Waiting for the #55 bus (they changed the ad signs since a day or two earlier)

Sunday Swimming Plus a Movie

13 August 2017: After five years, we finally made it back to Erikdalsbadet. Last time we were there we had to keep a very close watch on the kids, catching them after they came out of the water slides because they weren’t solid swimmers at ages 5, 5, and 6. This time, however, the adults could sit in the jacuzzis while the kids had a blast in the adventure area. That was a good thing, too, because the adults were quite wimpy about the slightly chilly water and the even chillier air temperature.

Walking down the path to Erikdalsbadet

Erikdalsbadet: outdoor pools, indoor pools, a water slide area, a gym, a cafe, a butik, and more

Folks swimming in the outdoor pools on a gray, but warm day

We stayed for several hours and even had our lunch from the poolside cafe. Just as we were leaving it started to rain heavily, so we were quite glad that we’d remembered to pack our umbrellas.

No one in the outdoor pools as we left since it was raining

Once we got home, we had just enough time to clean up and change clothes before it was time to walk over to the movie theater at Medborgarsplatsen. We had been looking forward to seeing the movie “Valerian and the City of a Thousand Planets” with the whole family. Seeing teen or adult movies here in Sweden is easy for us since they’re shown in English, with Swedish subtitles. It also gives us a chance to learn a bit more Swedish, if we can keep up with the dialogue and check ourselves against the subtitles.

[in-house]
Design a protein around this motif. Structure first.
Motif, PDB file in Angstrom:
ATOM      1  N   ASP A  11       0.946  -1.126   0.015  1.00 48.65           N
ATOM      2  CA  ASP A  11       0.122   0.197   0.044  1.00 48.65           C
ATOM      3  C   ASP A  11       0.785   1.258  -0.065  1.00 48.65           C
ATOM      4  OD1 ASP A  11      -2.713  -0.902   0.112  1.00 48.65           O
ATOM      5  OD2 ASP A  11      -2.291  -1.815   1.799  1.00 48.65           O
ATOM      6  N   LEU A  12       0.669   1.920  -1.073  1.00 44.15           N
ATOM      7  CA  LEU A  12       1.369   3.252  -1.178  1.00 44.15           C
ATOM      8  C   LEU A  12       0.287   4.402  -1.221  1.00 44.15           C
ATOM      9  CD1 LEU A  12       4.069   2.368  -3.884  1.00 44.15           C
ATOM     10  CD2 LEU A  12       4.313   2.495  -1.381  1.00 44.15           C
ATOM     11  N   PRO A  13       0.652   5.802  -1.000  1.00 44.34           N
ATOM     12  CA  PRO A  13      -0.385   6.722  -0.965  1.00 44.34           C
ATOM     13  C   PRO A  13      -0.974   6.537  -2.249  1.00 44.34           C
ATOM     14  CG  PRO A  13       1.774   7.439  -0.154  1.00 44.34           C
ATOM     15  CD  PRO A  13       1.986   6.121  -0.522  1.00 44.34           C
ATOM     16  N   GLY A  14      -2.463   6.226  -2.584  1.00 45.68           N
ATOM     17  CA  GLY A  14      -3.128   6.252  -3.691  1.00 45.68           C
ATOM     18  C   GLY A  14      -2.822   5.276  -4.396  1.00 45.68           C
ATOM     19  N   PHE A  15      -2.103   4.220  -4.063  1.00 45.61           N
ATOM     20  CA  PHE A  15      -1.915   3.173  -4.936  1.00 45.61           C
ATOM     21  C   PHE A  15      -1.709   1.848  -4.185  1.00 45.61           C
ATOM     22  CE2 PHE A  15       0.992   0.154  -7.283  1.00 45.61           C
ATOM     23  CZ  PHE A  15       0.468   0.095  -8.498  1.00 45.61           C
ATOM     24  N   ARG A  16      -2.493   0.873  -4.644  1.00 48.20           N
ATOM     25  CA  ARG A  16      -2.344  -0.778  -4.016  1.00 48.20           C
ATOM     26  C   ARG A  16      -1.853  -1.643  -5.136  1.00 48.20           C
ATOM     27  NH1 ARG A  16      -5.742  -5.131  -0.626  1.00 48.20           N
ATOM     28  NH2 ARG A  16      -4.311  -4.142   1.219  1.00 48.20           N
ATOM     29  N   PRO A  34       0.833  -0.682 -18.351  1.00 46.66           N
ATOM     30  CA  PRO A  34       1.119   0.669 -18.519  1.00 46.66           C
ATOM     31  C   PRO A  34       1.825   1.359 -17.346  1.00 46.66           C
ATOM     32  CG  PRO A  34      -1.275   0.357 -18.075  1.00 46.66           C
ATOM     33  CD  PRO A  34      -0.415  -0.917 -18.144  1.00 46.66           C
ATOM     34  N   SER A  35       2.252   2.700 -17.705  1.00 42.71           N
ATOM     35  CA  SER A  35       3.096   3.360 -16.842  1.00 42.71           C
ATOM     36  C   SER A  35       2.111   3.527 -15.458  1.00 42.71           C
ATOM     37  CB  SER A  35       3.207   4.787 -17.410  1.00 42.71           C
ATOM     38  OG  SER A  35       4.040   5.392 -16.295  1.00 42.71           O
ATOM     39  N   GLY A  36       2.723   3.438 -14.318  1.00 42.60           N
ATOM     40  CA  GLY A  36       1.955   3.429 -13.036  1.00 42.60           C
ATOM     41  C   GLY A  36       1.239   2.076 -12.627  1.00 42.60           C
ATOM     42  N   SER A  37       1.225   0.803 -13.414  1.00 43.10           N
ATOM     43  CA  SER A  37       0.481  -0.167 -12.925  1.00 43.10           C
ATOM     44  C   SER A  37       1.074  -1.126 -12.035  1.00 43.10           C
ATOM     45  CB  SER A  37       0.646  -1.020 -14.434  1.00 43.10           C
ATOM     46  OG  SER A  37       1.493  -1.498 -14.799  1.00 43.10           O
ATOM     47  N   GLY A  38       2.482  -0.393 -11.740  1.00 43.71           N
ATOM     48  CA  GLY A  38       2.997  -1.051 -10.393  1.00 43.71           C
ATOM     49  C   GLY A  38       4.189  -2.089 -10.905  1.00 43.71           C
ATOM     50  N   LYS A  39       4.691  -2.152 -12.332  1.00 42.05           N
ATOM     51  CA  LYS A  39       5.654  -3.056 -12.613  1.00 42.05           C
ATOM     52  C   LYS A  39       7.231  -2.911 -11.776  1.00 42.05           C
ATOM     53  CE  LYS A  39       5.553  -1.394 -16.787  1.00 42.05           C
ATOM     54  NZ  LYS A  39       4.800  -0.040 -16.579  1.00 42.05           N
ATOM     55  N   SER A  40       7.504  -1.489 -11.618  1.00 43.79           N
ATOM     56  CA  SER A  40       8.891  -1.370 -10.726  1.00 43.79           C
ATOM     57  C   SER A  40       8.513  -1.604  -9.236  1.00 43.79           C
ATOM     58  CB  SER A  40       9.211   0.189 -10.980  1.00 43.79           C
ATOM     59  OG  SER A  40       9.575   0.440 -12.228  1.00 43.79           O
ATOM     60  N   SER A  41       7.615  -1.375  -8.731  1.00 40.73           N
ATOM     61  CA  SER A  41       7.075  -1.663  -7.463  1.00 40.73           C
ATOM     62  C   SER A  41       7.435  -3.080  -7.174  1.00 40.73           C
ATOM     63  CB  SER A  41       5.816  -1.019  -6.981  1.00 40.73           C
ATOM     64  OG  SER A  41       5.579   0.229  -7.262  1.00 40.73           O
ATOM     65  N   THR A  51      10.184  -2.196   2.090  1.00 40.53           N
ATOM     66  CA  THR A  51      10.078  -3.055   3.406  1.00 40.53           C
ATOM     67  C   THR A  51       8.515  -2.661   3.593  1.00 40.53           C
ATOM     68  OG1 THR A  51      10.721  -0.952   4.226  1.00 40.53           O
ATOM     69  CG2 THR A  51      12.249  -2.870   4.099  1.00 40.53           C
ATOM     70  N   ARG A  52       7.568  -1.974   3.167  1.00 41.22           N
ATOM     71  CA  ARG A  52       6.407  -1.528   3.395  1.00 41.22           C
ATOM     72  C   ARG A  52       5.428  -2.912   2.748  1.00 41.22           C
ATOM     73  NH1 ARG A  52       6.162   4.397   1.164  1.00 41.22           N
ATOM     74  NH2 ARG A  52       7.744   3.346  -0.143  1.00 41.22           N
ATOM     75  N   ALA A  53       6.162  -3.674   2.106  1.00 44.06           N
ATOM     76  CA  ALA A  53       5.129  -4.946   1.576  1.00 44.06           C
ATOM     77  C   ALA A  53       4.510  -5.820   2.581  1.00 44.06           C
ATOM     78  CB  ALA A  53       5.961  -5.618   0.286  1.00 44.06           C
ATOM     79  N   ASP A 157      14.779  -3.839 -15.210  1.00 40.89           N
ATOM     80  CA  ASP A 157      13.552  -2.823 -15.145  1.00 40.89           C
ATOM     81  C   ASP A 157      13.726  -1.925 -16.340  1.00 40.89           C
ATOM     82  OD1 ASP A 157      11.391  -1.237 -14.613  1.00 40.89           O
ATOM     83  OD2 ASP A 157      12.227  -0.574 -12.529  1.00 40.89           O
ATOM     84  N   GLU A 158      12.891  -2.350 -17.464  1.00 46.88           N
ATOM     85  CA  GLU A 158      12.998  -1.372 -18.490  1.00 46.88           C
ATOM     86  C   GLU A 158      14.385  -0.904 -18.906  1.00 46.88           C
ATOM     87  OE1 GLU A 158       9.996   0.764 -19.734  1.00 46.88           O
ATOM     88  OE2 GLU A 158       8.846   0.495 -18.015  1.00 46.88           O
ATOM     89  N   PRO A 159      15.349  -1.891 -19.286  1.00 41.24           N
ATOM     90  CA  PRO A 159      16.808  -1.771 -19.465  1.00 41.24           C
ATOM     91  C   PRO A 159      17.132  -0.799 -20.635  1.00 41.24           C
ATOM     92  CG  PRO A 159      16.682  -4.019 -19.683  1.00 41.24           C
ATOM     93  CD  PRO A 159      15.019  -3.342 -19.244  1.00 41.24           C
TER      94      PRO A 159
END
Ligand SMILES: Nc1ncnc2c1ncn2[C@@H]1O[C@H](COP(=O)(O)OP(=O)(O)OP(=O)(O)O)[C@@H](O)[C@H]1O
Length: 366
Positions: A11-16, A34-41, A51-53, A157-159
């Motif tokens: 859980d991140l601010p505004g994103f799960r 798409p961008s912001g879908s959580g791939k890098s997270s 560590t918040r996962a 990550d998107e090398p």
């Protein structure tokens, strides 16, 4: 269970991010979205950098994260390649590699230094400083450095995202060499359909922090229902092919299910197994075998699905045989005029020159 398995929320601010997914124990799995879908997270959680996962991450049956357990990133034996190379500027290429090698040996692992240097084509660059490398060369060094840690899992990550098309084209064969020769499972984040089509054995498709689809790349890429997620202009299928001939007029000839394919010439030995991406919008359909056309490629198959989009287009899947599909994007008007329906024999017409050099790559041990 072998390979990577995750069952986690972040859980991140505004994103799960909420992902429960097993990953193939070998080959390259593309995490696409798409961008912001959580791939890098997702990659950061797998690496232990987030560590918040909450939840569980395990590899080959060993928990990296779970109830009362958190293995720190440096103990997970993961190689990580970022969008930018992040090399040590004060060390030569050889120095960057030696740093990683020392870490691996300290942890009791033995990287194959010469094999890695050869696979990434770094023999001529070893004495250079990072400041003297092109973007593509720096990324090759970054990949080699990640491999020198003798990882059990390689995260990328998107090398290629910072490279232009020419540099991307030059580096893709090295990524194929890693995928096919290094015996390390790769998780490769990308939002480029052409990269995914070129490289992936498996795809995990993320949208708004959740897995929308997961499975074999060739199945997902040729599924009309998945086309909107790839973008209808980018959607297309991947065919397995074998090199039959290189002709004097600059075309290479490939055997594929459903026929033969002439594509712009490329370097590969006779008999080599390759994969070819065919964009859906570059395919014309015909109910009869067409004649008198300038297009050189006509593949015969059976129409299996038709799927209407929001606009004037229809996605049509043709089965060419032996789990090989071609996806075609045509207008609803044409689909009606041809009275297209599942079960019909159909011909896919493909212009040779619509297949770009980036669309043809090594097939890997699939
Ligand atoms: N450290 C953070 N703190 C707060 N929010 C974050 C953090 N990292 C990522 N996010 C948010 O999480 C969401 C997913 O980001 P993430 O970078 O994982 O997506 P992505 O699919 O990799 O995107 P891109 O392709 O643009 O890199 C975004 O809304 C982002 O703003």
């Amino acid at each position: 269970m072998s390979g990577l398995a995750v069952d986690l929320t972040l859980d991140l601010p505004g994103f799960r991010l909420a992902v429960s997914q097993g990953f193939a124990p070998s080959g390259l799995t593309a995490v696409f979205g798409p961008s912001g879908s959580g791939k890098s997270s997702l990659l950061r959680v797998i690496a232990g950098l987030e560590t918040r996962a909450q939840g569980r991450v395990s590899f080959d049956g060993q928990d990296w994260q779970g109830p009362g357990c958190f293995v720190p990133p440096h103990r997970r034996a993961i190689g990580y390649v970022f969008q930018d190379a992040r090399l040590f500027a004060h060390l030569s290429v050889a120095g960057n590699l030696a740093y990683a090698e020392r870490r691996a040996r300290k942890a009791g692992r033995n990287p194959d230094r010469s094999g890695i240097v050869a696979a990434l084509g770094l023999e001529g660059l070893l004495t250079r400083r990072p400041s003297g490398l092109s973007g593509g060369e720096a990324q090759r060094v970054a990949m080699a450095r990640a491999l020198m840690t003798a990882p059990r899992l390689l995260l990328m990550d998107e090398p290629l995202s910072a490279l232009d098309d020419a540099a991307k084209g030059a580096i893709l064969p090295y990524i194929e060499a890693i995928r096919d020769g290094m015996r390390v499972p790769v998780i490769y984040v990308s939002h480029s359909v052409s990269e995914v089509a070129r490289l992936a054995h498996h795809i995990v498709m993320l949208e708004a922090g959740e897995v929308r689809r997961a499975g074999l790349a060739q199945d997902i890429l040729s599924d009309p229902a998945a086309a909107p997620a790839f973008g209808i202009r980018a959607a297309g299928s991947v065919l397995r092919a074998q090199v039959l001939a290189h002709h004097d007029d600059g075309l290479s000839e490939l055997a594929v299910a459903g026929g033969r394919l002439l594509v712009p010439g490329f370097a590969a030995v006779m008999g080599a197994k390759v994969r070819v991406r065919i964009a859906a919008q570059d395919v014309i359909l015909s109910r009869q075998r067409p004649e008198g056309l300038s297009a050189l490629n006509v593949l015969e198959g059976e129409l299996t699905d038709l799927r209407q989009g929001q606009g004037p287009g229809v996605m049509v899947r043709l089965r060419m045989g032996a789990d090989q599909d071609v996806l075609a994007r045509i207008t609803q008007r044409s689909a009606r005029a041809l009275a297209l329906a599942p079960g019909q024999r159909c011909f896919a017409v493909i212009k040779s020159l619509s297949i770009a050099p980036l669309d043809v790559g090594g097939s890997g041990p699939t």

Getting some movie snacks

Watching the previews

After the movie was over around 7:30pm, Thomas was quite hungry. The one place nearby that we knew was open on a Sunday was a hamburger place called Bun Meat Bun. Thomas got his burger while the rest of us shared some cheese fries with jalapeños. Back when we lived here in 2009, it was tough to find spicy food. Now, however, it’s everywhere.

Waiting for our buzzer to go off at Bun Meat Bun

Inside Söderhallarna, where just about everything was closed on a Sunday evening

On the basket swing, as we walked back to the apartment

Once again, we stopped at the pirate park on our walk home. This time, though, we ended up leaving Lucy and Isaac there to play for awhile, with instructions to walk home at a certain time and the rest of us continued on. After the twins got back, they asked for more outdoor time and played in the green area outside the apartment until after dark.


A New Museum

12 August 2017: We mostly had a lazy Saturday morning at home, catching up on sleep and household chores. In the late morning, or really about lunch time, we set about on a small, but quite fun adventure. We’d read that there was a new Scout Museum that was only open by appointment for groups or on the second weekend of the month during the summer, from 10am to 2pm, for individuals. Since it was the second weekend of the month and we have three current scouts in our family, we decided to check it out and see what it was all about. We walked from our apartment to the red line train and rode until the Örnsberg stop. After a very short walk in a pleasant suburban area, we came to the Scout Museum.